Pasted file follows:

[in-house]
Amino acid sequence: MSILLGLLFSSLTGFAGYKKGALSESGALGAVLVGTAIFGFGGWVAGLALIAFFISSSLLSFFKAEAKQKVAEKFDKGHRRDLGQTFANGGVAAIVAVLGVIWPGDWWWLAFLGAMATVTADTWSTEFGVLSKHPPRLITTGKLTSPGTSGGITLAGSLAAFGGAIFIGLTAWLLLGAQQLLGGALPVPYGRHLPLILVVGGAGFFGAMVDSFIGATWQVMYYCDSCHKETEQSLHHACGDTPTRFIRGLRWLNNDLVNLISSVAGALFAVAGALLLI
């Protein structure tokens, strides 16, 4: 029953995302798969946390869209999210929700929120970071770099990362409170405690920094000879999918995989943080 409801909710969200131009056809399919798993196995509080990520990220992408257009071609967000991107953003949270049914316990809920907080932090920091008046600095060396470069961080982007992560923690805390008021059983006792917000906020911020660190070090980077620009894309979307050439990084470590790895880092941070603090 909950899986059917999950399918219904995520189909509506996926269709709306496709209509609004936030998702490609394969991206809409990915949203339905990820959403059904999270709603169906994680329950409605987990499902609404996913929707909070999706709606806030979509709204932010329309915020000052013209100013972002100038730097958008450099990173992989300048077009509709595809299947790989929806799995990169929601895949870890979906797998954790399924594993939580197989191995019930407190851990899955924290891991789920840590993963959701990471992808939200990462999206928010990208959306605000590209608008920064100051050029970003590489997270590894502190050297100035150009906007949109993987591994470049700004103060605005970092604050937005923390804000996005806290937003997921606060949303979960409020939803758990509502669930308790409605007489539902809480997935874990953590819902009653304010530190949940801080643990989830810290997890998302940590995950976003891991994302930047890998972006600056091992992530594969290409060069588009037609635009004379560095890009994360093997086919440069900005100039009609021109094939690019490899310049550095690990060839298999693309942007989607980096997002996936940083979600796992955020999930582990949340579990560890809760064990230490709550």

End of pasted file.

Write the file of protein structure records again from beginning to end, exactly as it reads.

[in-house]
Amino acid sequence: MSILLGLLFSSLTGFAGYKKGALSESGALGAVLVGTAIFGFGGWVAGLALIAFFISSSLLSFFKAEAKQKVAEKFDKGHRRDLGQTFANGGVAAIVAVLGVIWPGDWWWLAFLGAMATVTADTWSTEFGVLSKHPPRLITTGKLTSPGTSGGITLAGSLAAFGGAIFIGLTAWLLLGAQQLLGGALPVPYGRHLPLILVVGGAGFFGAMVDSFIGATWQVMYYCDSCHKETEQSLHHACGDTPTRFIRGLRWLNNDLVNLISSVAGALFAVAGALLLI
């Protein structure tokens, strides 16, 4: 029953995302798969946390869209999210929700929120970071770099990362409170405690920094000879999918995989943080 409801909710969200131009056809399919798993196995509080990520990220992408257009071609967000991107953003949270049914316990809920907080932090920091008046600095060396470069961080982007992560923690805390008021059983006792917000906020911020660190070090980077620009894309979307050439990084470590790895880092941070603090 909950899986059917999950399918219904995520189909509506996926269709709306496709209509609004936030998702490609394969991206809409990915949203339905990820959403059904999270709603169906994680329950409605987990499902609404996913929707909070999706709606806030979509709204932010329309915020000052013209100013972002100038730097958008450099990173992989300048077009509709595809299947790989929806799995990169929601895949870890979906797998954790399924594993939580197989191995019930407190851990899955924290891991789920840590993963959701990471992808939200990462999206928010990208959306605000590209608008920064100051050029970003590489997270590894502190050297100035150009906007949109993987591994470049700004103060605005970092604050937005923390804000996005806290937003997921606060949303979960409020939803758990509502669930308790409605007489539902809480997935874990953590819902009653304010530190949940801080643990989830810290997890998302940590995950976003891991994302930047890998972006600056091992992530594969290409060069588009037609635009004379560095890009994360093997086919440069900005100039009609021109094939690019490899310049550095690990060839298999693309942007989607980096997002996936940083979600796992955020999930582990949340579990560890809760064990230490709550």